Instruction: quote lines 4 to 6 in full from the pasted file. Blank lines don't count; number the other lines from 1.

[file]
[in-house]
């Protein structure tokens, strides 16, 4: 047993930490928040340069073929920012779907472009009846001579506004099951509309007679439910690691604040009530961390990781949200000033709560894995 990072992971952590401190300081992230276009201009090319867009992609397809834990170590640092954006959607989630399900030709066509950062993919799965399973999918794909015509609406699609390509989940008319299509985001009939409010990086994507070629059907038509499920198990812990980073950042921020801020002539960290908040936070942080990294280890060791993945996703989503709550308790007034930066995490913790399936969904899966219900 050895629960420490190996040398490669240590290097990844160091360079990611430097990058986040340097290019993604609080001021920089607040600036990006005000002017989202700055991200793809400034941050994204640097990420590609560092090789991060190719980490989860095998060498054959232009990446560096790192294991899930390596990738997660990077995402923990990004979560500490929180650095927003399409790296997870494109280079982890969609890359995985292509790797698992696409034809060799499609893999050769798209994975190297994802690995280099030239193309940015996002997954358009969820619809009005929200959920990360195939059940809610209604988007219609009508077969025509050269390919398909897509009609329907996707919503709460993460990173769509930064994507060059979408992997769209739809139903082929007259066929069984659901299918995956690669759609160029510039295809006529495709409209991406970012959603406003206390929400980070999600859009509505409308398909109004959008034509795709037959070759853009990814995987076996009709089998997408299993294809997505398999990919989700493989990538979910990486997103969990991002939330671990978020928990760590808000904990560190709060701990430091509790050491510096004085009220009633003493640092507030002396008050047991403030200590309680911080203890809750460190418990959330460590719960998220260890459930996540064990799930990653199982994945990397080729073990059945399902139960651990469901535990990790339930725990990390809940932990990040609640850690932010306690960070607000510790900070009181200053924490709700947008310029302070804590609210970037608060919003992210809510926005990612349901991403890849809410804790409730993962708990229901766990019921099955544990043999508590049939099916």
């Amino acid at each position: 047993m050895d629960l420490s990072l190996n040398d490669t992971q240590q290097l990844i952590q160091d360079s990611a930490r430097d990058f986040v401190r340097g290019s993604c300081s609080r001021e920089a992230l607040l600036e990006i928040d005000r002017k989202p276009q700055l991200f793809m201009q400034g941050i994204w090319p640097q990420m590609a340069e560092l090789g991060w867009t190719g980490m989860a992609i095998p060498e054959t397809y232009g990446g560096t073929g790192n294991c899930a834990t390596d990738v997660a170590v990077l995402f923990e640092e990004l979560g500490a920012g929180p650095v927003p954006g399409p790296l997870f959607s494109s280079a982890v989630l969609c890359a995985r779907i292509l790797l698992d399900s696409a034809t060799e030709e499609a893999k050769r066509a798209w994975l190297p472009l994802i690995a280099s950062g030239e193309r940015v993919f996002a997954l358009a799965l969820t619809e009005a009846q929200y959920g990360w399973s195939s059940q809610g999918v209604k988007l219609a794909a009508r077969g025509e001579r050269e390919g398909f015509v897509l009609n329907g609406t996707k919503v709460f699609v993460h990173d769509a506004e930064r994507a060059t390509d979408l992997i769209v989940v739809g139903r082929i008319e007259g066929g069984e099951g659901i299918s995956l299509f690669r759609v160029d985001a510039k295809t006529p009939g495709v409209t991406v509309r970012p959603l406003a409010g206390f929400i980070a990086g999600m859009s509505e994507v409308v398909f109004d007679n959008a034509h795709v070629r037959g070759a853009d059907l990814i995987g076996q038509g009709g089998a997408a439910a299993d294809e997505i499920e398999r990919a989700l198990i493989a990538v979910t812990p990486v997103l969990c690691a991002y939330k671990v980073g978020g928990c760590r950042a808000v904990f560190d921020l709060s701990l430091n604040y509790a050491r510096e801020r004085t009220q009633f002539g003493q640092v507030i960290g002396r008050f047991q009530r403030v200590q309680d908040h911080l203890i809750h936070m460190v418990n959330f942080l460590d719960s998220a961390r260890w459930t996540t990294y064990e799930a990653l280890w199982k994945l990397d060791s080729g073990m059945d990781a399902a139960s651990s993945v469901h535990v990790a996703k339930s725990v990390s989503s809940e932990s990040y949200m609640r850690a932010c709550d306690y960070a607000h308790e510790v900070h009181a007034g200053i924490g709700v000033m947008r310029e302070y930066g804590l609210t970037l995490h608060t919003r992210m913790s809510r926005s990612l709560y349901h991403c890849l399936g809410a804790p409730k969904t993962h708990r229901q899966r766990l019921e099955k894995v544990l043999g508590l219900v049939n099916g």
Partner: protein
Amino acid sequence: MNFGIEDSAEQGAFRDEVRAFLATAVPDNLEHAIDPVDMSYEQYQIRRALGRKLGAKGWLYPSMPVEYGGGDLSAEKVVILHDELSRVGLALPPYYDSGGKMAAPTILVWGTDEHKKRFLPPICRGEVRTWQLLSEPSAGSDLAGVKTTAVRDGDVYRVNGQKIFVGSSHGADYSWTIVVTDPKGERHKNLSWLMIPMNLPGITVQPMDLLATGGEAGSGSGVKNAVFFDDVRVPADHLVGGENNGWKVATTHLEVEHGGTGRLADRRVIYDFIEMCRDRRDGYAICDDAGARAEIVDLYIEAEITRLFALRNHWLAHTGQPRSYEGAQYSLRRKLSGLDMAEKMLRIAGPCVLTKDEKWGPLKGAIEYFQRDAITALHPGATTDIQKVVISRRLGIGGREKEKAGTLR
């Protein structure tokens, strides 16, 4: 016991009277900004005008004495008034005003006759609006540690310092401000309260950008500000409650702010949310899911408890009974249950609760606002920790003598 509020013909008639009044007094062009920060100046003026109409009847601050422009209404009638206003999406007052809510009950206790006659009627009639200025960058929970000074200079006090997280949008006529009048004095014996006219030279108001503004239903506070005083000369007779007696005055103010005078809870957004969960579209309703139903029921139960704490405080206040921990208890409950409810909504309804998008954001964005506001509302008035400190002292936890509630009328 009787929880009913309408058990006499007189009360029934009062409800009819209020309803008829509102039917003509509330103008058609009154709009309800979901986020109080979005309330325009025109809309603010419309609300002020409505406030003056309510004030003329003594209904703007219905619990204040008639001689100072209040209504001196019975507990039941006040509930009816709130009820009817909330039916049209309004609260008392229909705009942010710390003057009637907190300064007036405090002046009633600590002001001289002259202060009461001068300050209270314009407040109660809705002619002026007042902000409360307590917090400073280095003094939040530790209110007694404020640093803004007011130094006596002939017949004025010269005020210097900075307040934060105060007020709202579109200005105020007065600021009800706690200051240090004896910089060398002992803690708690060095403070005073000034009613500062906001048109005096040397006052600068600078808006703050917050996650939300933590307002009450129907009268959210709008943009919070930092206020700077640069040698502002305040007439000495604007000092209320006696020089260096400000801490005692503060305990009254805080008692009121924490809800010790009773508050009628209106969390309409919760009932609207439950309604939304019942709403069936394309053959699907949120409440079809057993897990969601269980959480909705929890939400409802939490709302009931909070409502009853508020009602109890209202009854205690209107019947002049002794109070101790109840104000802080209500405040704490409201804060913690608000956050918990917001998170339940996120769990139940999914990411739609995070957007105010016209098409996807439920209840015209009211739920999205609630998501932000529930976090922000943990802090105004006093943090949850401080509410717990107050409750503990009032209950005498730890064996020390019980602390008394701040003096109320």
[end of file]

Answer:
Partner: protein
Amino acid sequence: MNFGIEDSAEQGAFRDEVRAFLATAVPDNLEHAIDPVDMSYEQYQIRRALGRKLGAKGWLYPSMPVEYGGGDLSAEKVVILHDELSRVGLALPPYYDSGGKMAAPTILVWGTDEHKKRFLPPICRGEVRTWQLLSEPSAGSDLAGVKTTAVRDGDVYRVNGQKIFVGSSHGADYSWTIVVTDPKGERHKNLSWLMIPMNLPGITVQPMDLLATGGEAGSGSGVKNAVFFDDVRVPADHLVGGENNGWKVATTHLEVEHGGTGRLADRRVIYDFIEMCRDRRDGYAICDDAGARAEIVDLYIEAEITRLFALRNHWLAHTGQPRSYEGAQYSLRRKLSGLDMAEKMLRIAGPCVLTKDEKWGPLKGAIEYFQRDAITALHPGATTDIQKVVISRRLGIGGREKEKAGTLR
């Protein structure tokens, strides 16, 4: 016991009277900004005008004495008034005003006759609006540690310092401000309260950008500000409650702010949310899911408890009974249950609760606002920790003598 509020013909008639009044007094062009920060100046003026109409009847601050422009209404009638206003999406007052809510009950206790006659009627009639200025960058929970000074200079006090997280949008006529009048004095014996006219030279108001503004239903506070005083000369007779007696005055103010005078809870957004969960579209309703139903029921139960704490405080206040921990208890409950409810909504309804998008954001964005506001509302008035400190002292936890509630009328 009787929880009913309408058990006499007189009360029934009062409800009819209020309803008829509102039917003509509330103008058609009154709009309800979901986020109080979005309330325009025109809309603010419309609300002020409505406030003056309510004030003329003594209904703007219905619990204040008639001689100072209040209504001196019975507990039941006040509930009816709130009820009817909330039916049209309004609260008392229909705009942010710390003057009637907190300064007036405090002046009633600590002001001289002259202060009461001068300050209270314009407040109660809705002619002026007042902000409360307590917090400073280095003094939040530790209110007694404020640093803004007011130094006596002939017949004025010269005020210097900075307040934060105060007020709202579109200005105020007065600021009800706690200051240090004896910089060398002992803690708690060095403070005073000034009613500062906001048109005096040397006052600068600078808006703050917050996650939300933590307002009450129907009268959210709008943009919070930092206020700077640069040698502002305040007439000495604007000092209320006696020089260096400000801490005692503060305990009254805080008692009121924490809800010790009773508050009628209106969390309409919760009932609207439950309604939304019942709403069936394309053959699907949120409440079809057993897990969601269980959480909705929890939400409802939490709302009931909070409502009853508020009602109890209202009854205690209107019947002049002794109070101790109840104000802080209500405040704490409201804060913690608000956050918990917001998170339940996120769990139940999914990411739609995070957007105010016209098409996807439920209840015209009211739920999205609630998501932000529930976090922000943990802090105004006093943090949850401080509410717990107050409750503990009032209950005498730890064996020390019980602390008394701040003096109320």